The yield (R) of the extracts was calculated according to the following formula:where R (%) is the yield in %; Me is the mass of the extract after solvent evaporation; and Mv is the mass of plant material used for extraction.

2.5. Culture Media and Reagents

The medium Nutrient agar, Mueller–Hinton (agar and broth), and antibiotics discs were manufactured by Oxoid (Basingstoke, Hampshire, England). Folin-Ciocalteu reagent, quercetin, 2, 2-diphenyl-1picrylhydrazyl (DPPH), nitrite of sodium at 5%, and gallic acid were manufactured by Sigma Chemical (Saint-Louis, USA). All the other chemicals were analytical grade.

2.6. Antioxidant Activity of P. santalinoides Extracts

The antioxidant activity was assessed using the 2, 2-diphenyl-1picrylhydrazyl (DPPH) radical scavenging with quercetin as standard [14]. To perform each test, 250 μL of the extracts or standard (50–100 mg/mL) dissolved in methanol were added to 1500 μL of 100 μmol/mL methanolic DPPH. [13] A blank was constituted with methanol. The mixtures were then incubated at room temperature for 30 min, and the absorbance was determined at 517 nm using spectrophotometer Thermo Scientic Genesys 10S UV-VIS. The assay was conducted in triplicate. The lowest absorbance represented the highest DPPH scavenging activity (SA). This effect was expressed as a percentage (%) calculated as follows:with SA (%) = percentage of inhibition; Ac = absorbance of the control solution; and Ae = absorbance in the presence of the extract or quercetin. IC50 values are calculated by the linear regression method from the curve (SA(%) = f (concentrations)). The tests were performed three times.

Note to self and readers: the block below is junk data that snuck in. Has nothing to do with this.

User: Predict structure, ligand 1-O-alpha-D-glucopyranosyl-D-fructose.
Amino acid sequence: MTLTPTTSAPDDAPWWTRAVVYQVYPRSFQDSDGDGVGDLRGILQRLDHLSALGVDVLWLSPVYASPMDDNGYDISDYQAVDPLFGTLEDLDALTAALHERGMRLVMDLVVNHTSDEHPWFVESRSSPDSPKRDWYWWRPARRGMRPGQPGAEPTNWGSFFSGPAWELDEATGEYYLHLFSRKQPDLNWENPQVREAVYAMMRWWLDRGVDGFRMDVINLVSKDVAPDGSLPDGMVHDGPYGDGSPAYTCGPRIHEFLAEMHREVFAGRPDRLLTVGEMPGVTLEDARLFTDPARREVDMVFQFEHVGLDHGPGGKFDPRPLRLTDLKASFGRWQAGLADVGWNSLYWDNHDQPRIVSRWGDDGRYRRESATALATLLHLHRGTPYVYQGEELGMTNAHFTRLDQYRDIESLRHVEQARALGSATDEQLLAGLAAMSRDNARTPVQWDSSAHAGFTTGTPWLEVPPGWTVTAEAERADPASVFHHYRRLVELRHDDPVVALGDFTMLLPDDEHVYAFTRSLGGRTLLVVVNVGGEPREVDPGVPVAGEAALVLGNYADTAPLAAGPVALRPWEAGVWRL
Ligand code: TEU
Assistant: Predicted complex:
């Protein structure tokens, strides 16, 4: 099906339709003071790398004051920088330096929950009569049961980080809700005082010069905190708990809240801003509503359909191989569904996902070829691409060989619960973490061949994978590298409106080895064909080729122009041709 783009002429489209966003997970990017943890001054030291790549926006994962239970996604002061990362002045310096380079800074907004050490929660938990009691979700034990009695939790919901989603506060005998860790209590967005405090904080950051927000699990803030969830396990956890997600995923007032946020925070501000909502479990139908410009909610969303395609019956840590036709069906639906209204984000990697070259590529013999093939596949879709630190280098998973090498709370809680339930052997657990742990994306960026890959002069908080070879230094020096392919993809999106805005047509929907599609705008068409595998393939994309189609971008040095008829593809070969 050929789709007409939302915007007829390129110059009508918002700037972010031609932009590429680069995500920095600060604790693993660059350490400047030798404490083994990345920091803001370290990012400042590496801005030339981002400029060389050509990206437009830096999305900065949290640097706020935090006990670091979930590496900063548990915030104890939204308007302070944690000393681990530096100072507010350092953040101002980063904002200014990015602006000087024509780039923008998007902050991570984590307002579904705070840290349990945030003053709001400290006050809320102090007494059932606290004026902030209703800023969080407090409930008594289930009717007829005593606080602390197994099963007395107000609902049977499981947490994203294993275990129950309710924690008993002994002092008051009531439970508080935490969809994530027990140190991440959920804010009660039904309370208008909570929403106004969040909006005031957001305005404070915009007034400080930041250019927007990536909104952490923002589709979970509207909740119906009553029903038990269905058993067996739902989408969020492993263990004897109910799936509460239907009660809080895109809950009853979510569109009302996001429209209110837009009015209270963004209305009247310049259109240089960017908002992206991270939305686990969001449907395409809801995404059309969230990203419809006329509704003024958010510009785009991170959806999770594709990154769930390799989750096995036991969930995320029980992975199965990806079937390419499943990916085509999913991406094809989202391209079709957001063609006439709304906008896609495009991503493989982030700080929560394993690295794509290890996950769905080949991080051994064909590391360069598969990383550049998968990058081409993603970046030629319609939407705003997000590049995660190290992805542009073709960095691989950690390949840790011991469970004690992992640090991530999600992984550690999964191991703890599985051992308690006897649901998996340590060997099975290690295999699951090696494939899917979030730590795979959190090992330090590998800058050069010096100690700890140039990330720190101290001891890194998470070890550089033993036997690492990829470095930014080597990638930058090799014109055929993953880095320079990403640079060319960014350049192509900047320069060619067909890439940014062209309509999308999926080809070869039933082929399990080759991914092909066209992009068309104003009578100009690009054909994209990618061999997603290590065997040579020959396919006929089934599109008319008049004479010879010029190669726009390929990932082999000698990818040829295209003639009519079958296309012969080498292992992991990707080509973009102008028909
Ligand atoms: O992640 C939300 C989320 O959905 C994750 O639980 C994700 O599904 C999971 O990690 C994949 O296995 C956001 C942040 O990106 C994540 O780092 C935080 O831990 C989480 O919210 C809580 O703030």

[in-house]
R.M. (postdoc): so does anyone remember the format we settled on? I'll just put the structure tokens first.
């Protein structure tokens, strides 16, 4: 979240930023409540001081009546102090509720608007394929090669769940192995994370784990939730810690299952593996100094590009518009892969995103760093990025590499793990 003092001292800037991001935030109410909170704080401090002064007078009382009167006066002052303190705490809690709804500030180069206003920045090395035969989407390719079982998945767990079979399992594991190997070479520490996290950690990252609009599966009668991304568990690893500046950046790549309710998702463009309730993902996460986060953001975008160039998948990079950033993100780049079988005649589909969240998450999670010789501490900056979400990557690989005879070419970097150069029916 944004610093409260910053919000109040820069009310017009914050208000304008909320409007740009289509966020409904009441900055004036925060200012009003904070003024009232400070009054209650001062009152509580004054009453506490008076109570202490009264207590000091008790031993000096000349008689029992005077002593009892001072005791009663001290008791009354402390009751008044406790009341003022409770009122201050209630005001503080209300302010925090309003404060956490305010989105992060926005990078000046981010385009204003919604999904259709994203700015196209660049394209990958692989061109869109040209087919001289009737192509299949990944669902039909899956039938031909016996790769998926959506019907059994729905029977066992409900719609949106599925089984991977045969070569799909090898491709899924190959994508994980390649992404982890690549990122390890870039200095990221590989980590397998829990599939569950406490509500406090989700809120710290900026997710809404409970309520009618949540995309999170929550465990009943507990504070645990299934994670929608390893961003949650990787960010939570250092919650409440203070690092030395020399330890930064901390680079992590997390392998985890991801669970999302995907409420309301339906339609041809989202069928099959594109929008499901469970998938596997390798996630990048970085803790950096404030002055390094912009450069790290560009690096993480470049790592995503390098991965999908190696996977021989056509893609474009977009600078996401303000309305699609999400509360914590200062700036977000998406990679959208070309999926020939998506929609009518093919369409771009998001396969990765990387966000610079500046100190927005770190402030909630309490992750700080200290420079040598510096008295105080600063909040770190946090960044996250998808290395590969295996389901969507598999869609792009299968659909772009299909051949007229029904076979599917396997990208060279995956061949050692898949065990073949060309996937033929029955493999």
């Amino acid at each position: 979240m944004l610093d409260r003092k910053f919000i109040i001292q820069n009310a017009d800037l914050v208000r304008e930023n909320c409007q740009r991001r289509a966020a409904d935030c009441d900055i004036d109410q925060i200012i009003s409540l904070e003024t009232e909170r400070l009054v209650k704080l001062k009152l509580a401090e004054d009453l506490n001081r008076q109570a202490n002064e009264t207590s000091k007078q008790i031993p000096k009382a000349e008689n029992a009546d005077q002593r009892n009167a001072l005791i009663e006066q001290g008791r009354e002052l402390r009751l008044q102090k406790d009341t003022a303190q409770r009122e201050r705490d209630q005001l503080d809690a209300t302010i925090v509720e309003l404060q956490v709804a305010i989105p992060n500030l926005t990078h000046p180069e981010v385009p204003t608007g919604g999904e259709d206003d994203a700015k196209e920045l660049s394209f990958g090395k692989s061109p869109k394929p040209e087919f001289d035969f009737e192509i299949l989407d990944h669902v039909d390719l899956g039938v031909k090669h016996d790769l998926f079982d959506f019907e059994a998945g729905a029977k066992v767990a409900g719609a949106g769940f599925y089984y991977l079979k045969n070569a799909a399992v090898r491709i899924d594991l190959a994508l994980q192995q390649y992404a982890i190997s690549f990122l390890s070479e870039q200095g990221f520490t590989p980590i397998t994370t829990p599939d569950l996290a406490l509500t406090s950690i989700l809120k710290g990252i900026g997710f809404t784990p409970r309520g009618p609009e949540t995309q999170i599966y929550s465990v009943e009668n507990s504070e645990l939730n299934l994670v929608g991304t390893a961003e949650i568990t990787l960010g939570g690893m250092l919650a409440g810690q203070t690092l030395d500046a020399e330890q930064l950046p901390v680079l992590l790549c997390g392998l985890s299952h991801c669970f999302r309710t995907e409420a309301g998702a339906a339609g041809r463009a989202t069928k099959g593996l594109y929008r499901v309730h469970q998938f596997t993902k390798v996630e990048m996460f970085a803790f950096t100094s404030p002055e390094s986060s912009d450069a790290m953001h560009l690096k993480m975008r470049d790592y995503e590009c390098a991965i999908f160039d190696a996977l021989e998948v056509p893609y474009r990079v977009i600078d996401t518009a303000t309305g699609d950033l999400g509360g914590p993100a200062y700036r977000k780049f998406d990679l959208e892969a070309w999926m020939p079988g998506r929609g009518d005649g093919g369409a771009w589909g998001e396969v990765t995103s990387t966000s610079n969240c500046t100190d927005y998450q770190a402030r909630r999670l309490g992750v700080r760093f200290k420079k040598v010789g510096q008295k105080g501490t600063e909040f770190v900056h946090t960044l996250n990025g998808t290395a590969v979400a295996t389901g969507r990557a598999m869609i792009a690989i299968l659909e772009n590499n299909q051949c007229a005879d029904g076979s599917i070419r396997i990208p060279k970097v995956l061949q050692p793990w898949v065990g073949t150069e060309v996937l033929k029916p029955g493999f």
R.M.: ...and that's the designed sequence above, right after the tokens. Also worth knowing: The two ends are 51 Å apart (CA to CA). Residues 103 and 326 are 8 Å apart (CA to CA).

2.7. Quantification of Total Phenols

The total phenolic content (TPC) was determined according to the Folin-Ciocalteu procedure with gallic acid as standard. [12] A mixture of 10 mg of the lyophilized extracts dissolved in 10 mL of methanol to obtain the most concentrated solution (1 mg/mL) and 750 mL of Folin-Ciocalteu reagent were diluted 10 times in distilled water. The two solutions were allowed to stand for 5 min before to add 750 μL of Na2CO3 (60%). After 90 min of incubation at room temperature in the dark, the absorbance against the prepared reagent blank was determined at 765 nm. The phenolic content was calculated as gallic acid equivalents (GAE)/g on the basis of standard curve of gallic acid.

2.8. Quantification of Total Flavonoids

Flavonoid quantification of the different hydroethanolic extracts of P. santalinoides part was done according to the method used by Dosseh et al. [13]. To 250 μl of the extract (1 mg/mL) or standard (quercetin) prepared with methanol was added 0.4 mL of distilled water followed by 0.03 mL of 5% sodium nitrite solution dissolved in distilled water. After 5 min incubation at room temperature (25 ± 1°C), 0.02 mL of aluminum trichloride (10%) was added along with 0.2 mL of sodium carbonate solution (1 M). To the resulting reaction volume, 0.25 mL of distilled water was added. The absorbance was measured with a UV-visible spectrophotometer (Genesys 10S UV-Vis Spectrophotometer) at 510 nm against the “blank.” Total flavonoid content was deduced from a calibration range established with quercetin (0–500 μg/mL), and results are expressed in μg Quercetin Equivalent per mg dry extract (μg QE/mg extract). The tests were performed in triplicate.